Pimples appear when the oil glands (pores) in your skin get blocked.
Dead skin cells and sebum (oil) can accumulate in your pores and form a plug.
Your hormones often contribute to this build up by encouraging your pores to produce more sebum. This is why you tend to get acne outbreaks during puberty, or – if you’re female – right before your period is due.
Once the pore is blocked, the build-up causes irritation and your immune system responds by sending bacteria to the area.
Those bacteria multiply, creating inflammation and making the redness, swelling and tenderness of pimples worse.
Your face, neck, chest, shoulders and upper back are most likely to be affected by acne because they have the highest number of oil glands.
Acne is the most common skin condition – affecting 85% of Australians aged 15-24 years old.
And it doesn’t matter whether you’re a guy or girl because both sexes get acne.
It usually starts at puberty when higher levels of sex hormones (known as androgens) create an increase in the size and oil production of glands.
Androgens are male hormones. They’re the same hormones that stimulate the growth of facial hair, muscle development and other male characteristics.
Teenage boys and young men have higher levels of androgens (male hormones like testosterone) than teenage girls, so they’re more likely to have acne, and unfortunately, are also more likely to have severe acne.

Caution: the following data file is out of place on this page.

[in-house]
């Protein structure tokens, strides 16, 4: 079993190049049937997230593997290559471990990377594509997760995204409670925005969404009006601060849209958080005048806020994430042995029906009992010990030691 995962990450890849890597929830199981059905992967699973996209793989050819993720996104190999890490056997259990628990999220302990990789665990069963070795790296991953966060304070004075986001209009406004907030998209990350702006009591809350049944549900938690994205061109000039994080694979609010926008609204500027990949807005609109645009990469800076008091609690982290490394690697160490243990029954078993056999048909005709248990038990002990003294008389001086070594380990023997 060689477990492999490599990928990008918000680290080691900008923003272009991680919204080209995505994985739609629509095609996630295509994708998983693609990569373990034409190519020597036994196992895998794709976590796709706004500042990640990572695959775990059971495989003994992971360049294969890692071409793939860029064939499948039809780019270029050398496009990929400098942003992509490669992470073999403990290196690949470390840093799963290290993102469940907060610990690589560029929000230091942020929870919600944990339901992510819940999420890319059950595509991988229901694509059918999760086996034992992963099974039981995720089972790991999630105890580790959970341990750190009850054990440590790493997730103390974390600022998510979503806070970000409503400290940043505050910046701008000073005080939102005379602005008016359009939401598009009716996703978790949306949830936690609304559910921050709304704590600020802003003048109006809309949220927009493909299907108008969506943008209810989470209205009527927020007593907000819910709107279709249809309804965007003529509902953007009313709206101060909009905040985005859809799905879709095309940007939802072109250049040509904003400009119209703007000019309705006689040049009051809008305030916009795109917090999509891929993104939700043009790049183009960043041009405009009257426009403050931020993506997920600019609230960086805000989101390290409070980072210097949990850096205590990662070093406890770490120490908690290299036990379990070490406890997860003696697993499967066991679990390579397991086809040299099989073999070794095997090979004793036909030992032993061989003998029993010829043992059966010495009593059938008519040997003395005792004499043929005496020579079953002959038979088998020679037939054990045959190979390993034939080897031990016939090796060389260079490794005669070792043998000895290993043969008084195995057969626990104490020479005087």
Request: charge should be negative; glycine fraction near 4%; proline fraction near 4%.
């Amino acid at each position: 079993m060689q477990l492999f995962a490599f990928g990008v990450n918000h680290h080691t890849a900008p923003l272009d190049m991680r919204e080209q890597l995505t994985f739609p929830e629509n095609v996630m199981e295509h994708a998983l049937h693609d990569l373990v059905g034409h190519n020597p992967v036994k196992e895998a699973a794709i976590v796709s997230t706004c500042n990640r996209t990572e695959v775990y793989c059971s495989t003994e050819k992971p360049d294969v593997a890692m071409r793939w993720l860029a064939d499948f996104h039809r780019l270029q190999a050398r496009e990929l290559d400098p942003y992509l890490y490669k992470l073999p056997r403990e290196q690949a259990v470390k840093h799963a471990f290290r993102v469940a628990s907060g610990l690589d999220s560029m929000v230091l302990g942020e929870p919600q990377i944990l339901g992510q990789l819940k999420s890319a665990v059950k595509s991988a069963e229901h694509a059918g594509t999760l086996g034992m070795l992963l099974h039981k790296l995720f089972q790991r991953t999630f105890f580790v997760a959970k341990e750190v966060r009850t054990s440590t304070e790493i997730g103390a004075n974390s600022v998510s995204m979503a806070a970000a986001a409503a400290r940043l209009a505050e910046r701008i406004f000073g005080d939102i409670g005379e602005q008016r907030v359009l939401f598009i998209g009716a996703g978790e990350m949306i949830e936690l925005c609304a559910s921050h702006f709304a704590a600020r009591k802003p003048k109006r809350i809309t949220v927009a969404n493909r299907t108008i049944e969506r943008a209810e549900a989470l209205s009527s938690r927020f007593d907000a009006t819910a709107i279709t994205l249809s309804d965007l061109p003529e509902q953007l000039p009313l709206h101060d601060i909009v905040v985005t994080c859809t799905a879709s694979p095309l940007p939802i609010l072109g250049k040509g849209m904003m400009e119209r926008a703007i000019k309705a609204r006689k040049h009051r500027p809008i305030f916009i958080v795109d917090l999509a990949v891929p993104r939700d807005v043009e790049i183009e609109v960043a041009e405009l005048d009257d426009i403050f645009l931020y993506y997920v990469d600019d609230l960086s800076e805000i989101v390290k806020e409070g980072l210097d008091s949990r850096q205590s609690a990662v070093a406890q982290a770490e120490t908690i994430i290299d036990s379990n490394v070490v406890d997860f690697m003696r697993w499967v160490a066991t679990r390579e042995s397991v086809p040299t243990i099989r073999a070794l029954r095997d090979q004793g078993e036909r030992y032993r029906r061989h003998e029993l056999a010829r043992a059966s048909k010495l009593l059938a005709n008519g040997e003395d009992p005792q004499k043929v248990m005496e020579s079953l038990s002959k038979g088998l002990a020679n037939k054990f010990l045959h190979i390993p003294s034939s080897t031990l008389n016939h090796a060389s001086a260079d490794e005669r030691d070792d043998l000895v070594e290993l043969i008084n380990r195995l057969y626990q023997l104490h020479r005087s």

But androgens are not the only hormones that play a role in acne.
Many women and teenage girls notice their acne worsens just before their period. This is because of changes in female sex hormones (such as oestrogen), which can contribute to blocked and inflammed pores.
In some cases, this means acne can be hanging around even in your 30s and 40s.
Women can also develop acne for the first time later in life. This is called adult acne – a frustrating condition that’s becoming more common and appears to be linked to both hormones and stress.
Hormonal changes related to pregnancy or to stopping and starting oral contraceptives (the pill) can also cause acne in some women.
There are a number of lifestyle factors that can affect acne including stress, diet and exercise.
In women, acne can be aggravated by pregnancy and conditions like polycystic ovarian syndrome.
While acne can clear up by itself, for some people acne is a serious, ongoing problem that needs medical help for the physical and psychological issues it can cause.
Uncover what lifestyle issues, like diet and stress, can affect your acne.
“Getting pimples can be really embarrassing, even though I know it is all pretty normal and part of growing up. I try really hard not to pick the pimples that come up on my face but it is almost impossible not too!”
– Dana, 17
What it looks like and how to manage yours.